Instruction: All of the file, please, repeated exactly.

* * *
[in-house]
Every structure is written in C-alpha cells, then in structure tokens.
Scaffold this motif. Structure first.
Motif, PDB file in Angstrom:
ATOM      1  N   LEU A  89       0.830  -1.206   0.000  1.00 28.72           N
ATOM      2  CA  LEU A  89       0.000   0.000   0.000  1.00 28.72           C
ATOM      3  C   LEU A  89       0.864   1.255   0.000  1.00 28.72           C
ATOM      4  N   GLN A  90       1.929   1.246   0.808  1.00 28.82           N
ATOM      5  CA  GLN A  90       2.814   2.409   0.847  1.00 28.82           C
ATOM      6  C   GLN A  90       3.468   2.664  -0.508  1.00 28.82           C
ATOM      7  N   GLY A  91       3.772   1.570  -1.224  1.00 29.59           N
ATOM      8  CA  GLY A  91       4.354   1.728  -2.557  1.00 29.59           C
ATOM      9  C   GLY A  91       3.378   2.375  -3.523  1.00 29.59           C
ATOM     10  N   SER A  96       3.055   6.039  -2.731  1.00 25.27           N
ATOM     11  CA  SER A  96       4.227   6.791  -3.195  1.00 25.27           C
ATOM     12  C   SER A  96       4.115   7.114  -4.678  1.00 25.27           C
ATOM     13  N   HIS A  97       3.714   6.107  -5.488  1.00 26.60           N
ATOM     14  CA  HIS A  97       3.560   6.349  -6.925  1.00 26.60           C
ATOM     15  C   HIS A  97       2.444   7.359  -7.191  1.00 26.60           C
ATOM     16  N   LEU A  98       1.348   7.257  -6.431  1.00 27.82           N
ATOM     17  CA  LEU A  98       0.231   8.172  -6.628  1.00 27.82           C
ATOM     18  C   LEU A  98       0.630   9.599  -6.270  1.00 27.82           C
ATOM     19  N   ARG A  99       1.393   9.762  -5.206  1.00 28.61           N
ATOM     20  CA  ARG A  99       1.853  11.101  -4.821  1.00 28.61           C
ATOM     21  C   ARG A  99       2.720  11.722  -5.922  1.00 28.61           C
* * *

[in-house]
Every structure is written in C-alpha cells, then in structure tokens.
Scaffold this motif. Structure first.
Motif, PDB file in Angstrom:
ATOM      1  N   LEU A  89       0.830  -1.206   0.000  1.00 28.72           N
ATOM      2  CA  LEU A  89       0.000   0.000   0.000  1.00 28.72           C
ATOM      3  C   LEU A  89       0.864   1.255   0.000  1.00 28.72           C
ATOM      4  N   GLN A  90       1.929   1.246   0.808  1.00 28.82           N
ATOM      5  CA  GLN A  90       2.814   2.409   0.847  1.00 28.82           C
ATOM      6  C   GLN A  90       3.468   2.664  -0.508  1.00 28.82           C
ATOM      7  N   GLY A  91       3.772   1.570  -1.224  1.00 29.59           N
ATOM      8  CA  GLY A  91       4.354   1.728  -2.557  1.00 29.59           C
ATOM      9  C   GLY A  91       3.378   2.375  -3.523  1.00 29.59           C
ATOM     10  N   SER A  96       3.055   6.039  -2.731  1.00 25.27           N
ATOM     11  CA  SER A  96       4.227   6.791  -3.195  1.00 25.27           C
ATOM     12  C   SER A  96       4.115   7.114  -4.678  1.00 25.27           C
ATOM     13  N   HIS A  97       3.714   6.107  -5.488  1.00 26.60           N
ATOM     14  CA  HIS A  97       3.560   6.349  -6.925  1.00 26.60           C
ATOM     15  C   HIS A  97       2.444   7.359  -7.191  1.00 26.60           C
ATOM     16  N   LEU A  98       1.348   7.257  -6.431  1.00 27.82           N
ATOM     17  CA  LEU A  98       0.231   8.172  -6.628  1.00 27.82           C
ATOM     18  C   LEU A  98       0.630   9.599  -6.270  1.00 27.82           C
ATOM     19  N   ARG A  99       1.393   9.762  -5.206  1.00 28.61           N
ATOM     20  CA  ARG A  99       1.853  11.101  -4.821  1.00 28.61           C
ATOM     21  C   ARG A  99       2.720  11.722  -5.922  1.00 28.61           C